The closest state legislative race in Michigan in 2014 was in state senate district 20, which is coterminous with Kalamazoo County. The district was vacated by Republican senator Tonya Schuitmaker, who ran for reelection in a neighboring district due to redistricting.
The Republican candidate was 61st district state rep Margaret O’Brien of Portage. The democrat candidate was 60th district state rep Sean McCann of Kalamazoo. Both are fairly typical representatives of their parties.
Aside from the closeness of the race, there was another complicating factor. Former state rep Lorence Wenke ran as a Libertarian after having originally filed to run in the Republican primary. Wenke was a moderate Republican state rep 2002-2008. He had an eclectic platform emphasizing support for gay rights and support for cutting government employee benefits. In the course of the campaign, he announced support for several tax increases and other un-libertarian policies.
The election results, after a recount, were
O’Brien 36645 (45.6%)
McCann 36584 (45.5%)
Wenke 7171 (8.9%)
The following map shows the average Republican performance by precinct for five 2014 election (Governor, SOS, AG, US Senate, US House). Each darker shade of red represents a 5% PVI range. (For example, the darkest shade of red represents precincts 15-20% more Republican than the county as a whole.) Each darker shade of blue represents a 5% PVI range, except that black represents 35-50% more democrat than the county as a whole.
The city of Kalamazoo is heavily democrat, with minority areas particularly so. The most Republican areas are rural townships and some upscale lake areas. Among closer suburbs, Portage leans Republican and Oshtemo and Comstock are close to even.
Here is a map of the results in the state senate race by precinct.
Superficially, the results appear very similar to the other countywide elections.
We can measure candidates’ performance in precincts relative to the GOP average and their overall performance. Break down the precincts into four categories relative to the partisan average:
less than 95% (orange)
100-105% (light green)
more than 105% (green)
Here is O’Brien’s relative performance.
O’Brien overperfomed in Alamo, Brady, Charleston, Climax, Prairie Ronde, Texas, Wakeshma, and Portage
Here is McCann’s relative performance.
McCann overperfomed in the city of Kalamazoo and Kalamazoo Township.
Where did Wenke do best? His top precinct was the city of Galesburg (18.8%). Most of Wenke’s top precincts are in his old district (the eastern half of the county).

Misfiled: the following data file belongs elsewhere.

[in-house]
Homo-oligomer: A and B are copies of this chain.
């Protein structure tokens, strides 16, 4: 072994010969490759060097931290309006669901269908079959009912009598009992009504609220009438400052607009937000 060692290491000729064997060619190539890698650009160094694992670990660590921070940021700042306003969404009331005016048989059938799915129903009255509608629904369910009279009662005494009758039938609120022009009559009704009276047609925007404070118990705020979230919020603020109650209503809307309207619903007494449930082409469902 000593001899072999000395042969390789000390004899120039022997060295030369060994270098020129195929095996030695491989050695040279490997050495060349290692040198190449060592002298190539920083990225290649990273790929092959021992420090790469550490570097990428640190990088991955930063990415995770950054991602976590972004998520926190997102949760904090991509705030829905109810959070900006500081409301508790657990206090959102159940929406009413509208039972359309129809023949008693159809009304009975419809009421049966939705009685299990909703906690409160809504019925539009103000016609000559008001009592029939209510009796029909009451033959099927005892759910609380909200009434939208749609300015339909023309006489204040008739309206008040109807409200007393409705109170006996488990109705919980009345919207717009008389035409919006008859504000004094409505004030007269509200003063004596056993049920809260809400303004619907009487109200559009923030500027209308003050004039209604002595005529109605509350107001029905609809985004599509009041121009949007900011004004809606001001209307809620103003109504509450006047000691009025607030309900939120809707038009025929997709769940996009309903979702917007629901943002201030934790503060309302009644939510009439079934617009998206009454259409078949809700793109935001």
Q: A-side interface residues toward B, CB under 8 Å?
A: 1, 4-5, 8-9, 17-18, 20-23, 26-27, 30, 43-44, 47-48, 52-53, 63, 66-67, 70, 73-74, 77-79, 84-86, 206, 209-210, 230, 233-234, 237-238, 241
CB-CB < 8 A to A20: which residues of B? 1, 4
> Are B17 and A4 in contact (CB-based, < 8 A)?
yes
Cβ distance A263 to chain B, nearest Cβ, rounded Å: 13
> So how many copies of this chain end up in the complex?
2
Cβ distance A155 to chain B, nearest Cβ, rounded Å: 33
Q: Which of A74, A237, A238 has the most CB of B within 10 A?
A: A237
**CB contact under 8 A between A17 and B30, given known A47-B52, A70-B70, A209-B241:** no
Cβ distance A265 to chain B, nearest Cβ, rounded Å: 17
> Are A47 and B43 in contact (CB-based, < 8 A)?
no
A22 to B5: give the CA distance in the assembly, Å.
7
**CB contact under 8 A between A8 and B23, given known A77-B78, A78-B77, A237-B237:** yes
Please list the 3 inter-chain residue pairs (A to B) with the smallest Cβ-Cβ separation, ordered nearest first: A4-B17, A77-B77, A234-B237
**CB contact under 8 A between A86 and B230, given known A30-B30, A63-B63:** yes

Wenke got 11.6% in the 63rd state house district.
Wenke got 8.4% in the 61st district.
Wenke got 7.6% in the 60th district.
Wenke got 9.1% in the 66th district.
Break his precincts in four categories:
less than 7% (orange)
9-11% (light green)
more than 11% (dark green)
The narrow result naturally raises the question of what effect Wenke had on the election. Short of asking all of Wenke’s voters, we can’t know for sure who they would have supported in a two-way race.
The conventional wisdom is that Wenke took votes from O’Brien. This is because Wenke used to be a Republican, he represented a mostly Republican area, and libertarians are usually closer to Republicans on the issues.
I examined the results precinct-by-precinct to see what could be learned. I calculated a GOP average by precinct based on the other five countywide races. Scaling this by the total votes O’Brien and McCann received, I projected how their votes should have been distributed. I compared this with Wenke’s performance in each precinct.
Consider Galesburg, Wenke’s top precinct (18.8%). O’Brien got 99.7% of her projected total. McCann got 85.9% of his projected total. This strongly implies that Wenke’s voters would have supported McCann.
There were 20 precincts where Wenke got more than 11%. O’Brien overperformed in 6 of them and underperformed in 12 of them (2 with less than 95% of her projected total.) McCann overperformed in 1 of them and underperformed in 19 of them (12 with less than 95% of his projected total.)
There were 20 precincts where Wenke got less than 7%. O’Brien overperformed in 7 of them and underperformed in 13 of them (9 with less than 95% of her projected total.) McCann overperformed in 18 of them (8 with more than 105% of his projected total.) and underperformed in 2 of them.
McCann underperformed in most precincts where Wenke got more than 11%, and overperformed in most precincts where Wenke got less than 7%. The same is not true for O’Brien. This strongly implies that Wenke took significantly more votes from McCann. Since O’Brien won by only 61 votes, Wenke cost McCann the election. Wenke appears to have done best with democrats in his former state house district.
|Wenke absolute performance versus McCann relative performance|
An analysis by Gongwer reached the same conclusion using poor reasoning. They correctly noted that McCann did worse than democrat state house candidates. But this does not prove that Wenke’s votes came from McCann, since he could just have been a weaker candidate (or O’Brien stronger). Using different races in different parts of the county is bad methodology, especially when two (60, 63) were uncompetitive and one (61) had a substantial Libertarian vote.
In the 61st state house district, the results were 48.4% Iden, 42.7% Fisher, 8.9% Stampfler. Notably, the correlation between Wenke and Stampfler in the 61st was only r=.032, implying that their supporters voted for them as individuals, not libertarians.